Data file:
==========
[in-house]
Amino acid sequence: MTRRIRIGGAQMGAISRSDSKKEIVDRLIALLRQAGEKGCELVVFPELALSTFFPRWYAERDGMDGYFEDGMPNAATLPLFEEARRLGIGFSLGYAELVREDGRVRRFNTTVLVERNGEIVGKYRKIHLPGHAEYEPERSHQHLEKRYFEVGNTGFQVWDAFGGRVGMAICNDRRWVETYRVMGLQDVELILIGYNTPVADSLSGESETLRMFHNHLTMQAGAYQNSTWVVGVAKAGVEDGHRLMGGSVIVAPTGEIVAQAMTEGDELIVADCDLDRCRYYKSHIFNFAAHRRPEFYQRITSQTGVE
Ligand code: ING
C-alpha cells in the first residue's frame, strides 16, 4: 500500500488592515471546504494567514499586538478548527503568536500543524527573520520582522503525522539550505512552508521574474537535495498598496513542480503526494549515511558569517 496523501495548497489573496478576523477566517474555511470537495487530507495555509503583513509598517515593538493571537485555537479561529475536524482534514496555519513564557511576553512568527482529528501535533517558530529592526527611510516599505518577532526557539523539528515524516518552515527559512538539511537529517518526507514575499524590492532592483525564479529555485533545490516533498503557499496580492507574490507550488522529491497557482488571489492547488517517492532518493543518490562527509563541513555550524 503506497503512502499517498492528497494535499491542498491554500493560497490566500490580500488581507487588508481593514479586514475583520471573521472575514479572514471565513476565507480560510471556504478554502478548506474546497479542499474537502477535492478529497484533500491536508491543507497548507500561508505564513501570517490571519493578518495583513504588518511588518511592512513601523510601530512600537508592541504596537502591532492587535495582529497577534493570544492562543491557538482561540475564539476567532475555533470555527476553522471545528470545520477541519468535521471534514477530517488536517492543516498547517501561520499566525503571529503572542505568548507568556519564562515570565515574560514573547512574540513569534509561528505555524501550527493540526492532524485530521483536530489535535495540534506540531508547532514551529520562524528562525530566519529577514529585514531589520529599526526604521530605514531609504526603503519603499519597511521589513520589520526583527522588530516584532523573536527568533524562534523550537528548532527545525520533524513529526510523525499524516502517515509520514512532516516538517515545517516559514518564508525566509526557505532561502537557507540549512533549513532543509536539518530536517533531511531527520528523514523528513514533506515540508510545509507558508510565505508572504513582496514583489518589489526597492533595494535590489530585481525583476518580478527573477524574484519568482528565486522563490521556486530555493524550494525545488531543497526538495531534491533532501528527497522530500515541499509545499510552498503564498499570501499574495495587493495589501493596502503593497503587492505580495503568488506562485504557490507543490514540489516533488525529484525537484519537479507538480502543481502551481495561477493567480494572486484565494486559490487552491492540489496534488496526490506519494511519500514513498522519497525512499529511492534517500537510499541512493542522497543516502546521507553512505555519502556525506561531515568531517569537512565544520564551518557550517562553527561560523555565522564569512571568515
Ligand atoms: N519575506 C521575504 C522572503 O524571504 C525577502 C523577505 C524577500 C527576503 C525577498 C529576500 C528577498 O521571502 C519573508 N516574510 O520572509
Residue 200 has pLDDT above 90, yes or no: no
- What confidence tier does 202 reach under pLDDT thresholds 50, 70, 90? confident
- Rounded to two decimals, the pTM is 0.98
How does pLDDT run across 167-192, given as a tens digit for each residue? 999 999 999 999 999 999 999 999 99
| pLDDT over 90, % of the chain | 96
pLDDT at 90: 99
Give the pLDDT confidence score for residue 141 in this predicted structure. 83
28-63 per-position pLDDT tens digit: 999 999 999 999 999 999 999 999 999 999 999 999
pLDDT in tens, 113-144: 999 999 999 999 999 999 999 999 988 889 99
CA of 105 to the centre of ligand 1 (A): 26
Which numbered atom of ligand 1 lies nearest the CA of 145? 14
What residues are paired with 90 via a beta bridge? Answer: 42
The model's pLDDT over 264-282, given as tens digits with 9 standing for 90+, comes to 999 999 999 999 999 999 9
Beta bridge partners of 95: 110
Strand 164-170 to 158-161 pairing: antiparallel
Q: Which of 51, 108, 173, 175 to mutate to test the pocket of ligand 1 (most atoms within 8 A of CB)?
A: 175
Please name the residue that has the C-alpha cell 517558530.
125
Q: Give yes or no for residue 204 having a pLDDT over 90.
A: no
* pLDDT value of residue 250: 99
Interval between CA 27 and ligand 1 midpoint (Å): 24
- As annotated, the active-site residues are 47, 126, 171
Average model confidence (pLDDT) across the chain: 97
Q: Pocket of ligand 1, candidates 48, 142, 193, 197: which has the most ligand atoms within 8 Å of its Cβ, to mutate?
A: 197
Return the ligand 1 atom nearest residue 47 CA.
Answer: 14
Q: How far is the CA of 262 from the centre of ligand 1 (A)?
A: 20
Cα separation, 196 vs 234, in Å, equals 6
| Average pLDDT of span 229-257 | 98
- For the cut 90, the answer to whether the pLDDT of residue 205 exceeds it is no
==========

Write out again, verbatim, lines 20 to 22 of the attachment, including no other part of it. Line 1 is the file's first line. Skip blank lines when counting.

Strand 164-170 to 158-161 pairing: antiparallel
Q: Which of 51, 108, 173, 175 to mutate to test the pocket of ligand 1 (most atoms within 8 A of CB)?
A: 175